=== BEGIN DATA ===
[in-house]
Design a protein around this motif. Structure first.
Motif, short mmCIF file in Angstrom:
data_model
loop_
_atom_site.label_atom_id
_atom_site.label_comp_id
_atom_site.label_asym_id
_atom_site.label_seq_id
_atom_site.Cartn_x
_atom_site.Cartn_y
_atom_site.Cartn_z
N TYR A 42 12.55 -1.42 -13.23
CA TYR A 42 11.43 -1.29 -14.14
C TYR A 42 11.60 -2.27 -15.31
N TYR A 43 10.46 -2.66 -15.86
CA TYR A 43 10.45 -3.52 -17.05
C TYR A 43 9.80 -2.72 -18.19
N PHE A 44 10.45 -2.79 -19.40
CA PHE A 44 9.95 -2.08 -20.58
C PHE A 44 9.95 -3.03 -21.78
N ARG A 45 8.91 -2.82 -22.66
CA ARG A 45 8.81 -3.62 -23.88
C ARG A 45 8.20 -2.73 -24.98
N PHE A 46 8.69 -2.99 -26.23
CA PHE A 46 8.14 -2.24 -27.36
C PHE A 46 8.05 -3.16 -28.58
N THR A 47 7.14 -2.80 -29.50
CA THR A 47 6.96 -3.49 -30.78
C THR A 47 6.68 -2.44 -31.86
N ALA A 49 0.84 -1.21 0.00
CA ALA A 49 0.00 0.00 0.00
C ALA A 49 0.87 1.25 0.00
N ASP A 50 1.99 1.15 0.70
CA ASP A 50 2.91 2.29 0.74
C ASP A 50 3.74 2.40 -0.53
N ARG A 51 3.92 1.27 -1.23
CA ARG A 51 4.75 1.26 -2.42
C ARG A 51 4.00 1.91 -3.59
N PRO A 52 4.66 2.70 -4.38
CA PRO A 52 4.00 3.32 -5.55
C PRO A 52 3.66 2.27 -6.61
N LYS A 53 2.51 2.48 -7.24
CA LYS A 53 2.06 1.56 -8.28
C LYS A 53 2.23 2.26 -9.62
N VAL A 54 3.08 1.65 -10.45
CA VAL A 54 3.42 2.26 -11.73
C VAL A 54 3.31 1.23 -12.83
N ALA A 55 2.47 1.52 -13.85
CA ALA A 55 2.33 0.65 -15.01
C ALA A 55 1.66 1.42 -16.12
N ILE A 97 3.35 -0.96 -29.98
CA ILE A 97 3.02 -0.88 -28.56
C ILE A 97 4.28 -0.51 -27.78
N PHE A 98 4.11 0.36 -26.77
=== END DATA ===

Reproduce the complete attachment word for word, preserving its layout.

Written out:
[in-house]
Design a protein around this motif. Structure first.
Motif, short mmCIF file in Angstrom:
data_model
loop_
_atom_site.label_atom_id
_atom_site.label_comp_id
_atom_site.label_asym_id
_atom_site.label_seq_id
_atom_site.Cartn_x
_atom_site.Cartn_y
_atom_site.Cartn_z
N TYR A 42 12.55 -1.42 -13.23
CA TYR A 42 11.43 -1.29 -14.14
C TYR A 42 11.60 -2.27 -15.31
N TYR A 43 10.46 -2.66 -15.86
CA TYR A 43 10.45 -3.52 -17.05
C TYR A 43 9.80 -2.72 -18.19
N PHE A 44 10.45 -2.79 -19.40
CA PHE A 44 9.95 -2.08 -20.58
C PHE A 44 9.95 -3.03 -21.78
N ARG A 45 8.91 -2.82 -22.66
CA ARG A 45 8.81 -3.62 -23.88
C ARG A 45 8.20 -2.73 -24.98
N PHE A 46 8.69 -2.99 -26.23
CA PHE A 46 8.14 -2.24 -27.36
C PHE A 46 8.05 -3.16 -28.58
N THR A 47 7.14 -2.80 -29.50
CA THR A 47 6.96 -3.49 -30.78
C THR A 47 6.68 -2.44 -31.86
N ALA A 49 0.84 -1.21 0.00
CA ALA A 49 0.00 0.00 0.00
C ALA A 49 0.87 1.25 0.00
N ASP A 50 1.99 1.15 0.70
CA ASP A 50 2.91 2.29 0.74
C ASP A 50 3.74 2.40 -0.53
N ARG A 51 3.92 1.27 -1.23
CA ARG A 51 4.75 1.26 -2.42
C ARG A 51 4.00 1.91 -3.59
N PRO A 52 4.66 2.70 -4.38
CA PRO A 52 4.00 3.32 -5.55
C PRO A 52 3.66 2.27 -6.61
N LYS A 53 2.51 2.48 -7.24
CA LYS A 53 2.06 1.56 -8.28
C LYS A 53 2.23 2.26 -9.62
N VAL A 54 3.08 1.65 -10.45
CA VAL A 54 3.42 2.26 -11.73
C VAL A 54 3.31 1.23 -12.83
N ALA A 55 2.47 1.52 -13.85
CA ALA A 55 2.33 0.65 -15.01
C ALA A 55 1.66 1.42 -16.12
N ILE A 97 3.35 -0.96 -29.98
CA ILE A 97 3.02 -0.88 -28.56
C ILE A 97 4.28 -0.51 -27.78
N PHE A 98 4.11 0.36 -26.77